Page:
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Cryptography

Programmers Don’t Understand Hash Functions

Programmers don’t understand hash functions, and I can demonstrate this to most of the people that will read this with a single observation:

When you saw the words “hash function” in the title, you might have assumed this was going to be a blog post about password storage. (Passwords are the most common knee-jerk reaction I get to any discussion about hash functions, anyway. A little bit of security knowledge can be very dangerous.)

I don’t blame software developers for their lack of understanding on anything I’m going to discuss. The term “hash function” can accurately represent any of the following disparate topics in computer science:

  • Converting keys into memory addresses for hash maps
  • Creating a one-way message digest to ensure said was transmitted correctly over an untrusted network
  • Cryptographic building blocks for digital signatures, message authentication codes, key derivation functions, and so on
  • Server-side password storage techniques meant to resist brute force and precomputation attacks
  • Perceptual fingerprints of visual data

Some hash functions are reusable across multiple topics from the above list, but even then, not all of the hash functions you’d use for one purpose have the same properties.

Using a hash function for the wrong purpose, or in a place where it doesn’t provide the expected properties, can lead to security vulnerabilities. Some of these vulnerabilities aren’t obvious or straightforward, either, which only serves to magnify confusion.

So let’s talk about hash functions, what programmers get wrong about them, and the correct answers to these common misconceptions.

(Credit: ScruffKerfluff)

What Are Hash Functions?

A hash function is any function that can map an arbitrary-sized input to a fixed-size output.

This is incredibly vague; anything can be a hash function if you’re brave enough. You can treat an arbitrary string as an big integer and return the least significant bit and call this a hash function. (It’s not a particularly good one, but it fits the definition.)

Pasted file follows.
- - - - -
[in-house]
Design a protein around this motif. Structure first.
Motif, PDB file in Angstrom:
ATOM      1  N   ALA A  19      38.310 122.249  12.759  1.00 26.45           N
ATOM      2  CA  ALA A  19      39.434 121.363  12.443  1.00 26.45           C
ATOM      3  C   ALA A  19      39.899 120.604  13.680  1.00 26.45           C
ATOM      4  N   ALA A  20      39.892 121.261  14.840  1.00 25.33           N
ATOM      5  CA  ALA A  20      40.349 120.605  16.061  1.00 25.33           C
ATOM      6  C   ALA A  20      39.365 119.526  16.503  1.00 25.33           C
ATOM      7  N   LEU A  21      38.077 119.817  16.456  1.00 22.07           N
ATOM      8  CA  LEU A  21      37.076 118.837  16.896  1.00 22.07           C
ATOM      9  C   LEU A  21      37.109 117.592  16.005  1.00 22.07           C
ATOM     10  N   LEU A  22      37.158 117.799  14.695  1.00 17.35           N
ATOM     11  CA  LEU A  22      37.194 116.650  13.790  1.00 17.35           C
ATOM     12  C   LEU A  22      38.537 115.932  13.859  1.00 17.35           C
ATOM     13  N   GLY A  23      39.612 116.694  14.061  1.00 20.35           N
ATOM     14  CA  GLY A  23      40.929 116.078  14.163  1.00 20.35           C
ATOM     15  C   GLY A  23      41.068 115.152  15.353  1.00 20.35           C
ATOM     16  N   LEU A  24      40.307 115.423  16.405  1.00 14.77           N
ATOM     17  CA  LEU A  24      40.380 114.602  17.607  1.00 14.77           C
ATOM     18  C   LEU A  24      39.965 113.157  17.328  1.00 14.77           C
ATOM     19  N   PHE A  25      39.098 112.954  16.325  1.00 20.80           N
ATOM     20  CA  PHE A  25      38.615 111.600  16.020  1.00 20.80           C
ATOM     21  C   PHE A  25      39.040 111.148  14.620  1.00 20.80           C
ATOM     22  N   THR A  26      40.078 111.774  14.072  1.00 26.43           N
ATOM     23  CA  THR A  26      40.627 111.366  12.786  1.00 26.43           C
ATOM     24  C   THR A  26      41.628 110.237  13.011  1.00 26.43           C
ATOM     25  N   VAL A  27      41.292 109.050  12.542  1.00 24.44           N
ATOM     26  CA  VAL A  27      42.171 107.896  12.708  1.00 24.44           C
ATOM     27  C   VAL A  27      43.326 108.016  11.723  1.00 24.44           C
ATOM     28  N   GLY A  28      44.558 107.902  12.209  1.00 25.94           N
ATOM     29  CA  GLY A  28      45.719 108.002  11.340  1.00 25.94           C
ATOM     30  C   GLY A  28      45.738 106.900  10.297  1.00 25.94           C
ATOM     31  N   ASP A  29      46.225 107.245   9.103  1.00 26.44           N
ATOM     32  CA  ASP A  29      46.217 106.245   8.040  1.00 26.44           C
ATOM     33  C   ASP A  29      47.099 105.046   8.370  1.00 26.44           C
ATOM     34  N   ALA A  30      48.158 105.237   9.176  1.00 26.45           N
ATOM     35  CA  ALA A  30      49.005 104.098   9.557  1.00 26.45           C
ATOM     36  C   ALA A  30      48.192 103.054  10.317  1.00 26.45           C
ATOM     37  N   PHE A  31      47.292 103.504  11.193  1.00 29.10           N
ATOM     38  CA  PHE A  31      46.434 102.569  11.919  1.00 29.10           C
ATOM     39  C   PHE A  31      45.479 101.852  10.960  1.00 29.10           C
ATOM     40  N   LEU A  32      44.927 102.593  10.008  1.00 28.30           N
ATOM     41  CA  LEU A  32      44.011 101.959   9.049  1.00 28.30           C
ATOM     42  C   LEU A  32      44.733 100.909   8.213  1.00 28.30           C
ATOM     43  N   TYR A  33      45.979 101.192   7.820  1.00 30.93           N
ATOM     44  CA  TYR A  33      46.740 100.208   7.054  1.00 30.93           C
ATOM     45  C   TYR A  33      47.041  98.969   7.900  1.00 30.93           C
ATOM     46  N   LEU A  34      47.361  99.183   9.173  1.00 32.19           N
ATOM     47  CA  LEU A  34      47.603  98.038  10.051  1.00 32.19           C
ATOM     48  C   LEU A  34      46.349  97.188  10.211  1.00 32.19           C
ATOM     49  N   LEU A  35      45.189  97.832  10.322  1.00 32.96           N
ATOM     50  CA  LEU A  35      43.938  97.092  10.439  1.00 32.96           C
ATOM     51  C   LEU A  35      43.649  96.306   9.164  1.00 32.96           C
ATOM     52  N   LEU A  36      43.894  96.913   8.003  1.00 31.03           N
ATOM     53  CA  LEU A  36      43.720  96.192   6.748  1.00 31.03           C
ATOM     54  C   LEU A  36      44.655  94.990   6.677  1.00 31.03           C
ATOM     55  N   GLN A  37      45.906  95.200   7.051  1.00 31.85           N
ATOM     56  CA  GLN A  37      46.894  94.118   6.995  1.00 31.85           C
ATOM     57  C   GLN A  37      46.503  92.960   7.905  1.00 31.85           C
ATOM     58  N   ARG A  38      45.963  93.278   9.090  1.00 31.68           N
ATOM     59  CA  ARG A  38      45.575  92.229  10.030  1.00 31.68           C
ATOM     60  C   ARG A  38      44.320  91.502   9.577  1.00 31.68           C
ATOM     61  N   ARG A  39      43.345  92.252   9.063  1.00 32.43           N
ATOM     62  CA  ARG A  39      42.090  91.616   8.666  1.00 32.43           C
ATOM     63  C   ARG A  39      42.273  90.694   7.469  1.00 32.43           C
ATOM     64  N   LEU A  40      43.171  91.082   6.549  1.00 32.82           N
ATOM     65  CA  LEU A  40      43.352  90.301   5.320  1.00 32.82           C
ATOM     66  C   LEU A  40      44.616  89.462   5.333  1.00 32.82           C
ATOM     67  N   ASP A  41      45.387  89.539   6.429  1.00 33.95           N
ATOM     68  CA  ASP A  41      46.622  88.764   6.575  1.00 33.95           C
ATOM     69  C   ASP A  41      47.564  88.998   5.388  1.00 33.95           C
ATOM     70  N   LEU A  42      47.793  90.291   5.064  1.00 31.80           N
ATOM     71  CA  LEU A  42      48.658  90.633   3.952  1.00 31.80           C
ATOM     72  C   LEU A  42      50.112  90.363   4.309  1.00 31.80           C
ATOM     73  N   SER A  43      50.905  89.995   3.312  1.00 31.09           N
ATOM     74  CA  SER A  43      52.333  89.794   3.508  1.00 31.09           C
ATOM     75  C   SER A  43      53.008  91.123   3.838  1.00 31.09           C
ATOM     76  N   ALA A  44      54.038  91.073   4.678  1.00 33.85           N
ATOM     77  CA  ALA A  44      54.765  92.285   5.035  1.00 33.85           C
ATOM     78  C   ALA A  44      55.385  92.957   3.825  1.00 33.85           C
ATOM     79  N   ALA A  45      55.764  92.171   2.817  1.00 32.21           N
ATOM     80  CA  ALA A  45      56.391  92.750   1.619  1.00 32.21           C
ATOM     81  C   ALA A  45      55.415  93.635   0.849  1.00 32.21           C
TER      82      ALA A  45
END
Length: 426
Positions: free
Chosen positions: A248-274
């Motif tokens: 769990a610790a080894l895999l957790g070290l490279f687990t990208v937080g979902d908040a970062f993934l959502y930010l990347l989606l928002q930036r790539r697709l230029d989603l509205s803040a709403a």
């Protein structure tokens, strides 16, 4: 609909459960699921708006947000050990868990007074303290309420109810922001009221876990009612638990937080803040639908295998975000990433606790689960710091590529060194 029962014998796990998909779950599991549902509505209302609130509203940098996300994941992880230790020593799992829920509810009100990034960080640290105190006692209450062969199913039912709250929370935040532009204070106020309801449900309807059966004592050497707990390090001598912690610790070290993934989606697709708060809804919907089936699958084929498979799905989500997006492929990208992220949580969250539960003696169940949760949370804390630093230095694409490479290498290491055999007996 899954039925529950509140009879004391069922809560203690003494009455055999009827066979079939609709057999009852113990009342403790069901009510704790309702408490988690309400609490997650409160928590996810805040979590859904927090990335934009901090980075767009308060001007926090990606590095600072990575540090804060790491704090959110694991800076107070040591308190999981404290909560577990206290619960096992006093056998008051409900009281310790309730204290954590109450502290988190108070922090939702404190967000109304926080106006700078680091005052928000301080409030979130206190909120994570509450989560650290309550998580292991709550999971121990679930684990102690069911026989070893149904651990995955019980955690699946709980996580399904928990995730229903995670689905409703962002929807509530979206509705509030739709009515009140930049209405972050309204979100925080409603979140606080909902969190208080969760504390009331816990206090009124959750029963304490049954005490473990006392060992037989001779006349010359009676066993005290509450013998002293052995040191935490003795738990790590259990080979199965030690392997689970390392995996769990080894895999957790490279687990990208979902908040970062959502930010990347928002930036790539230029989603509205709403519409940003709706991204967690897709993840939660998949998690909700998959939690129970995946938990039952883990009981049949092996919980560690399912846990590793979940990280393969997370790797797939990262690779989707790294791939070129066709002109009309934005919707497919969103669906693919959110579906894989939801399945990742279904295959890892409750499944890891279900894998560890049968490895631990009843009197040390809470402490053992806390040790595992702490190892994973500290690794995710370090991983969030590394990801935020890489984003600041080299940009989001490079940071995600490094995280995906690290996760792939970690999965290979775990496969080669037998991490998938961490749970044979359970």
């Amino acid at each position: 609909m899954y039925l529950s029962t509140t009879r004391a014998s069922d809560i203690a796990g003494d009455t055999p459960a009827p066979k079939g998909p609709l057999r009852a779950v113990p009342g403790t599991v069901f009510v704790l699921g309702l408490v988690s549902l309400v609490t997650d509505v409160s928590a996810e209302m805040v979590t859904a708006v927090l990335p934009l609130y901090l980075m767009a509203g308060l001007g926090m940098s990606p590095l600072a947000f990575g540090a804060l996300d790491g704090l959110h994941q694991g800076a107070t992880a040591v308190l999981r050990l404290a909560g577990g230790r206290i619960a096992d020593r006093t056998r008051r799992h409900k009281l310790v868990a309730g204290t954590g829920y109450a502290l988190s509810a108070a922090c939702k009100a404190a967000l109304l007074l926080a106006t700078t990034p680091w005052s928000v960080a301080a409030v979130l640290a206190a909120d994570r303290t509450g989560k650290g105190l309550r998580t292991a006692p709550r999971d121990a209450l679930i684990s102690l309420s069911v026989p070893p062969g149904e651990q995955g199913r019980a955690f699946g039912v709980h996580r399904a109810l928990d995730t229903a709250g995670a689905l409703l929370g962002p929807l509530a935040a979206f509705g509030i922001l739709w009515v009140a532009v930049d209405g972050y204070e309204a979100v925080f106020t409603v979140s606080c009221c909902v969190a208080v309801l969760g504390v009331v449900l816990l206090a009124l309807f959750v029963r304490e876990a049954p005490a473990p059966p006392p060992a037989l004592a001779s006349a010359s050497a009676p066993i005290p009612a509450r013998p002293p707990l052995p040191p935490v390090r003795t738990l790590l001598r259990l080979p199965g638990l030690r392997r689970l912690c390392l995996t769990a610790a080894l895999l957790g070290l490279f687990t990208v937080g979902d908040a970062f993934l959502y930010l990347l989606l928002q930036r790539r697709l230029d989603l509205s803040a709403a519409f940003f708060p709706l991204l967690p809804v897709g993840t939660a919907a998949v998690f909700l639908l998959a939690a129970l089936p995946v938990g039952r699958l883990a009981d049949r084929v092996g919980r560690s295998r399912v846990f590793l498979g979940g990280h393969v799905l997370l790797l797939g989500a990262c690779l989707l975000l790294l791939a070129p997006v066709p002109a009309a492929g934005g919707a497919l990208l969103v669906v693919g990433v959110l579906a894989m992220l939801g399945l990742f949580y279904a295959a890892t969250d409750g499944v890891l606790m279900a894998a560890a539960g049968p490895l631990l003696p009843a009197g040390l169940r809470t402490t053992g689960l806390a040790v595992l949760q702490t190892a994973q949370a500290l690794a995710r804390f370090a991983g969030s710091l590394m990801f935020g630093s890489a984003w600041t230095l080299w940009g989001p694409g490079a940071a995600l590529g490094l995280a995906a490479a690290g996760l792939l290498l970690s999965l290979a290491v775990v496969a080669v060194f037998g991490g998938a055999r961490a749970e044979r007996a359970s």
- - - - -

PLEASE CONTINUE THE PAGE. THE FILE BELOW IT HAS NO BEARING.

function totallyHashed(input: string|Buffer): Buffer {
    const inBuf = Buffer.isBuffer(input) 
        ? input
        : Buffer.from(input);
    return Buffer.from([
        inBuf[inBuf.length - 1] & 1
    ]);
}

Being able to call something a hash function and be technically correct isn’t very helpful.

Credit: circuitslime

What Kinds of Hash Functions Do We Care About?

There are different types of hash functions suitable for solving different types of problems. (Some examples follow, but this should not be taken as an exhaustive treatment.)

General-Purpose Hash Functions

General-purpose hash functions are useful for converting a key into an index for memory addresses when constructing hash tables. Usually when someone says only “hash function” in a broad computer science context, without any qualifiers, that’s what they’re talking about.

Examples: SipHash, djb2, Murmur3. You can find a comparison here.

Worth calling out: Only some of these general purpose tables are safe to use for hash tables where the keys are provided from user input. For example: JSON data. When in doubt, SipHash-2-4 is a good default.

Cryptographic Hash Functions

Cryptographic hash functions have additional desirable properties (they’re non-invertible and must be resistant to collision attacks and preimage attacks) above general-purpose hash functions. They also have larger output sizes (typically at least 256 bits) than the sort of hash functions you’d use for hash tables. Consequently, they’re slower than the hash functions people tend to use for hash tables.

Cryptographic hash functions are often used in place of a random oracle in security protocols, because actual random oracles do not exist, as Thomas Pornin explains:

A random oracle is described by the following model:

  • There is a black box. In the box lives a gnome, with a big book and some dice.
  • We can input some data into the box (an arbitrary sequence of bits).
  • Given some input that he did not see beforehand, the gnome uses his dice to generate a new output, uniformly and randomly, in some conventional space (the space of oracle outputs). The gnome also writes down the input and the newly generated output in his book.
  • If given an already seen input, the gnome uses his book to recover the output he returned the last time, and returns it again.

So a random oracle is like a kind of hash function, such that we know nothing about the output we could get for a given input message m. This is a useful tool for security proofs because they allow to express the attack effort in terms of number of invocations to the oracle.

The problem with random oracles is that it turns out to be very difficult to build a really “random” oracle. First, there is no proof that a random oracle can really exist without using a gnome. Then, we can look at what we have as candidates: hash functions. A secure hash function is meant to be resilient to collisions, preimages and second preimages. These properties do not imply that the function is a random oracle.

Thomas Pornin

I’m intentionally eschewing a lot of detail about what makes a cryptographic hash function secure (e.g. bit diffusion even in reduced rounds), or how they achieve the desirable properties.